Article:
Archive for the ‘government’ category: Page 15

Oct 25, 2022

Boston University researchers’ testing of lab-made version of Covid virus draws government scrutiny

Posted by in categories: biotech/medical, government, health

Research at Boston University that involved testing a lab-made hybrid version of the SARS-CoV-2 virus is garnering heated headlines alleging the scientists involved could have unleashed a new pathogen.

There is no evidence the work, performed under biosecurity level 3 precautions in BU’s National Emerging Infectious Diseases Laboratories, was conducted improperly or unsafely. In fact, it was approved by an internal biosafety review committee and Boston’s Public Health Commission, the university said Monday night.

But it has become apparent that the research team did not clear the work with the National Institute of Allergy and Infectious Diseases, which was one of the funders of the project. The agency indicated it is going to be looking for some answers as to why it first learned of the work through media reports.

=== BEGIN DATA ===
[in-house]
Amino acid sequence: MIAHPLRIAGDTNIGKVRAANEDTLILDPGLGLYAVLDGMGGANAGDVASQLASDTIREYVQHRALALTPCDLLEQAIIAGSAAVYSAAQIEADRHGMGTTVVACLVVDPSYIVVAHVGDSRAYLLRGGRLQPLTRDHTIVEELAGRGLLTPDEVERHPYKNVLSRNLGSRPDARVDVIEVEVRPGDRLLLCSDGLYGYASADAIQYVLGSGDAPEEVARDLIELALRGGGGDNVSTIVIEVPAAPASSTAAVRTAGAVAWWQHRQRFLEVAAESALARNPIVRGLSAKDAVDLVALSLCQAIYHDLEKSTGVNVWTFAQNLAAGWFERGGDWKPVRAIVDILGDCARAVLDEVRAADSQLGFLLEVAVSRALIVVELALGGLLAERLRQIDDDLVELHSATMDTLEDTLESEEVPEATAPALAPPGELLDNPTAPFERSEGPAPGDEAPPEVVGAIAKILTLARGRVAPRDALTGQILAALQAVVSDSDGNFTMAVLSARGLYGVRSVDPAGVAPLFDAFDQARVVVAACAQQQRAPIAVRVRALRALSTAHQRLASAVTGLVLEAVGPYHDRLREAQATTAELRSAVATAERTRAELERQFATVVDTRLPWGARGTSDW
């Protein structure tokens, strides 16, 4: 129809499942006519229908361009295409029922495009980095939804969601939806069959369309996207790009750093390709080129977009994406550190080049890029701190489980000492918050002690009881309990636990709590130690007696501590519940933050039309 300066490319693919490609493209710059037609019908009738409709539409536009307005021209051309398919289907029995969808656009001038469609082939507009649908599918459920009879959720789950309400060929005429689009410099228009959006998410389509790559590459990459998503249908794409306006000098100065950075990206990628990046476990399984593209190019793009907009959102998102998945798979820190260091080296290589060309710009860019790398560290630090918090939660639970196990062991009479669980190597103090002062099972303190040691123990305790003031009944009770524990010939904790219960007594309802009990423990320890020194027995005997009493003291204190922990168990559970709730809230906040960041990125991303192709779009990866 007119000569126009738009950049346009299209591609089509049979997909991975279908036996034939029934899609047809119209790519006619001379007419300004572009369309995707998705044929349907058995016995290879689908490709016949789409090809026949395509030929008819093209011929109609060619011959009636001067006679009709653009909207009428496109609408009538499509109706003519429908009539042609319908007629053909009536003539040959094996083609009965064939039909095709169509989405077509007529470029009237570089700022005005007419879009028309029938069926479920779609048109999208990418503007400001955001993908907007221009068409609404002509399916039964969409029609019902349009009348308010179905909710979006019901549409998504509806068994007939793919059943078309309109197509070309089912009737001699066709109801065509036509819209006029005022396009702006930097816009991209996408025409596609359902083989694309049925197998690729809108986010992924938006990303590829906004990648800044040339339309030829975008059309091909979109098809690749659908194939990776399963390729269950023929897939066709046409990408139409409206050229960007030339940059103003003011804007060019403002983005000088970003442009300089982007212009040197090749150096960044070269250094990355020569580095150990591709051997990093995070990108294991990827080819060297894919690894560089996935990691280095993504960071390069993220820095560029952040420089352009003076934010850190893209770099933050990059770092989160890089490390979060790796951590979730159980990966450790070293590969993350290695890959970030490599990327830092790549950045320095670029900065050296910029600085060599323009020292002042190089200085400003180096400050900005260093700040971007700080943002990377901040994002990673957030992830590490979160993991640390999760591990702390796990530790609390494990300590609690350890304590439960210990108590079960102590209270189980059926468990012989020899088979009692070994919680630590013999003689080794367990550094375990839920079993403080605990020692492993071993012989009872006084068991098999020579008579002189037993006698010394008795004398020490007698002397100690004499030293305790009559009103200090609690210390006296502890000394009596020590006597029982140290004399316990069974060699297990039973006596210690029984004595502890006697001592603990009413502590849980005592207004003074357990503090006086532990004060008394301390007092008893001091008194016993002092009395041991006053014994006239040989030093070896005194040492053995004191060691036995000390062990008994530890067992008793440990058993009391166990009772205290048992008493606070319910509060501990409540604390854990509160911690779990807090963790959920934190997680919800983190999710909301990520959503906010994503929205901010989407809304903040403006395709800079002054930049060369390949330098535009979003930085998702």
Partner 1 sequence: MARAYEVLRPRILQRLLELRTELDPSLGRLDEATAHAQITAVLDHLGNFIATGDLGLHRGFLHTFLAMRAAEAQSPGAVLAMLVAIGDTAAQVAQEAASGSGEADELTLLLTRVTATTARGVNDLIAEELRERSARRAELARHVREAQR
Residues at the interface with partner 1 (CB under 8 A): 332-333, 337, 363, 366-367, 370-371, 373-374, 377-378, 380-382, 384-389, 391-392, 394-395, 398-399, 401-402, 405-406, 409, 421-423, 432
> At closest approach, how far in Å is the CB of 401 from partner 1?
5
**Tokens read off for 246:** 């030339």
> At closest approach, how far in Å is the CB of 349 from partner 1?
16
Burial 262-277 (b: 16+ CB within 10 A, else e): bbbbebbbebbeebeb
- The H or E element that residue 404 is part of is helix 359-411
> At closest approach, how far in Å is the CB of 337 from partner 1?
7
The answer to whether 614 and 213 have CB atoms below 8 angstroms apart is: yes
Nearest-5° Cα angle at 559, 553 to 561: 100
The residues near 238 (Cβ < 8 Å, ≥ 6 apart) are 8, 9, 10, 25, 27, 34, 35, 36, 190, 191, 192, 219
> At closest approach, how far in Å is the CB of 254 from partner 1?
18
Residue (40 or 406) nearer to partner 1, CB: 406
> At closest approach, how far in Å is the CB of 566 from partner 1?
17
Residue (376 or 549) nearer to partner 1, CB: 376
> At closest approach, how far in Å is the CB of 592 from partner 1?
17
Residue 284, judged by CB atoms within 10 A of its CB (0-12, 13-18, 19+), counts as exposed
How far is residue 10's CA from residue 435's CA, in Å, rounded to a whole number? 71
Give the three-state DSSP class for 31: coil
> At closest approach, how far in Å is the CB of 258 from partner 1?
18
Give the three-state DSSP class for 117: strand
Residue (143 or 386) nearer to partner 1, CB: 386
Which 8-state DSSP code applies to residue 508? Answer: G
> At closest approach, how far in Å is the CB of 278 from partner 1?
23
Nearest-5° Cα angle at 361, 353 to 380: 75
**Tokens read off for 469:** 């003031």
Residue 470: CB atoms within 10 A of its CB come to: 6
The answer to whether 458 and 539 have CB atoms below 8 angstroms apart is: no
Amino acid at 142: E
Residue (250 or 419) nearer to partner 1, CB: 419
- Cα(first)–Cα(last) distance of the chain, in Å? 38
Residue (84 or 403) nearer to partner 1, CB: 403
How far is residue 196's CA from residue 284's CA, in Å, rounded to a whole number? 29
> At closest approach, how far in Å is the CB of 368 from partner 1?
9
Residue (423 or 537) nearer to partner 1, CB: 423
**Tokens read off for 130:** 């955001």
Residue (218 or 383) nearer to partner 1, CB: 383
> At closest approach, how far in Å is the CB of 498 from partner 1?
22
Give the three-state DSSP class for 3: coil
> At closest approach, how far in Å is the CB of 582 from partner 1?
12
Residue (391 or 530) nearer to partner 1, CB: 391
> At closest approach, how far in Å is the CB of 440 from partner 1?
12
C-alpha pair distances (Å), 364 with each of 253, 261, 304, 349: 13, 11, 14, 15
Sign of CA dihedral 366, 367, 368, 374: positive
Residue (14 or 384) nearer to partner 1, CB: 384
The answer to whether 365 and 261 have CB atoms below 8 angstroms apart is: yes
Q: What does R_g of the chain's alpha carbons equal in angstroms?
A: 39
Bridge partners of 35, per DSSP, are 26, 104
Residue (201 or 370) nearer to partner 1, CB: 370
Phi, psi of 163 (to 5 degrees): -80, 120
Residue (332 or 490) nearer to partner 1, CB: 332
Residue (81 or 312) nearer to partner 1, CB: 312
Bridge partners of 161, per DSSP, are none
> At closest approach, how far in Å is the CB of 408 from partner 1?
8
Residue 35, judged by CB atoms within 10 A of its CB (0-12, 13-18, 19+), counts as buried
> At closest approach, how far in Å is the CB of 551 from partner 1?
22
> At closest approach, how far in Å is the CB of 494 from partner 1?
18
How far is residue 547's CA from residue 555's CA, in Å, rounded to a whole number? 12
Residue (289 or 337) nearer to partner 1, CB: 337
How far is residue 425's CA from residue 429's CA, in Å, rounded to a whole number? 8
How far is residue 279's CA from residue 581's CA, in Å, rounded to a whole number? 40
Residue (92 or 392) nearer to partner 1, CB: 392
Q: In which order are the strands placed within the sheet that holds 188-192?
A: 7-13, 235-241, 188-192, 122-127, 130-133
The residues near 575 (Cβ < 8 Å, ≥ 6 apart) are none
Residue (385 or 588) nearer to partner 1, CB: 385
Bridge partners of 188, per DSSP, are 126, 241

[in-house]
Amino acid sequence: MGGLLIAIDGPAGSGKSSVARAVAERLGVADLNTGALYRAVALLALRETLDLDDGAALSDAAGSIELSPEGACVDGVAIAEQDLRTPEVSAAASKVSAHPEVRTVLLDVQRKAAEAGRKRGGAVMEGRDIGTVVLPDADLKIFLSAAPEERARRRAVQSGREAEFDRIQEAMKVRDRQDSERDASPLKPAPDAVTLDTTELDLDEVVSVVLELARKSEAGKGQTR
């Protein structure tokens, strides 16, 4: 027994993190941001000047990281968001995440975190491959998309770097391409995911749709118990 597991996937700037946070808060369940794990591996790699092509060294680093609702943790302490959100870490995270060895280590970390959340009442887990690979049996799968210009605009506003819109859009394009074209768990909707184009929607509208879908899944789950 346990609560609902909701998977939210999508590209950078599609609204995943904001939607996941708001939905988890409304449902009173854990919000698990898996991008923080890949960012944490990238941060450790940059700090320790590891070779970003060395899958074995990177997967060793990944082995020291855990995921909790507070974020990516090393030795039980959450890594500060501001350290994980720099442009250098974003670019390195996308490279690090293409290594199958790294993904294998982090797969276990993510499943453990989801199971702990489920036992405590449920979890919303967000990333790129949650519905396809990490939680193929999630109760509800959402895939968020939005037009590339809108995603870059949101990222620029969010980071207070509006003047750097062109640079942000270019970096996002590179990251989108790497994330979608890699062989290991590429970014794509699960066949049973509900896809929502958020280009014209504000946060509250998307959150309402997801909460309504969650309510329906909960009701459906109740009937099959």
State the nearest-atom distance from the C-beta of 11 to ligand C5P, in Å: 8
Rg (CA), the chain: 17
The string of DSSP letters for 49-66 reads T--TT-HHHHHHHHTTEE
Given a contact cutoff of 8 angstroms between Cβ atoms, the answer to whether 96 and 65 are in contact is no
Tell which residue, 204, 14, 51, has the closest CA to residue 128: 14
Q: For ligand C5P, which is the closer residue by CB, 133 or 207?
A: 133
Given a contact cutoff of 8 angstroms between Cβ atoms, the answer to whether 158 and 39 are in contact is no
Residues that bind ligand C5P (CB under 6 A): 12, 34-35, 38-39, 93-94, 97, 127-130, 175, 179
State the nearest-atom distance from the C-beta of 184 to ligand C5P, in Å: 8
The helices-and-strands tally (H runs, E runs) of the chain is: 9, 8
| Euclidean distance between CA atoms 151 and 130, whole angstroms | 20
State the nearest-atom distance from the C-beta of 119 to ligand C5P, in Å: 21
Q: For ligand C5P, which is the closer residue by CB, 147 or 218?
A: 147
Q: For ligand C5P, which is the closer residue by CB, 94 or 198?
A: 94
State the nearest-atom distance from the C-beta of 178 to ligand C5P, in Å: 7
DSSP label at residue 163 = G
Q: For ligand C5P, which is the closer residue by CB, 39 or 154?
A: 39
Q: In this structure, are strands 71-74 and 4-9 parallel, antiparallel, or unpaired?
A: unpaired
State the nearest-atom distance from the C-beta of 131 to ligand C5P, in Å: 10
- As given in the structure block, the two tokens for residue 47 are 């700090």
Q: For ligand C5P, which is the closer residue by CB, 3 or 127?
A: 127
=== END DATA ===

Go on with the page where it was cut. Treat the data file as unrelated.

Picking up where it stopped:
Oct 23, 2022

The most iconic radio telescope ever is gone for good, U.S. government declares

Posted by in categories: climatology, education, government, space

The collapse of Arecibo’s radio telescope was a devastating blow to the radio astronomy community. Issues began in 2017 for the nearly 55-year-old telescope when Hurricane Maria tore through Puerto Rico, shearing off one of the 29-meter (96-foot) antennas that was suspended above the telescope’s 305-meter (1,000-foot) dish, with falling debris puncturing the dish in several places.

In early 2020, earthquakes temporarily closed the observatory for safety reasons; then a succession of cable failures ultimately led to the December 2020 collapse of the 900-ton instrument platform suspended above the observatory, which crashed down on the iconic telescope’s giant dish. This collapse officially ended any possible hopes of refurbishing the famous observatory.

Since then, many have called for the telescope to be rebuilt or for building an even better replacement telescope at the site. Instead, the NSF wants Arecibo to serve as a hub for STEM education and outreach.

Oct 23, 2022

DART Asteroid Impact Aftermath: Hubble Spots Unexpected Twin Tails in “Stunning Surprise”

Posted by in categories: asteroid/comet impacts, existential risks, government

Unexpected Aftermath of First-of-Its-Kind Test Intrigues Astronomers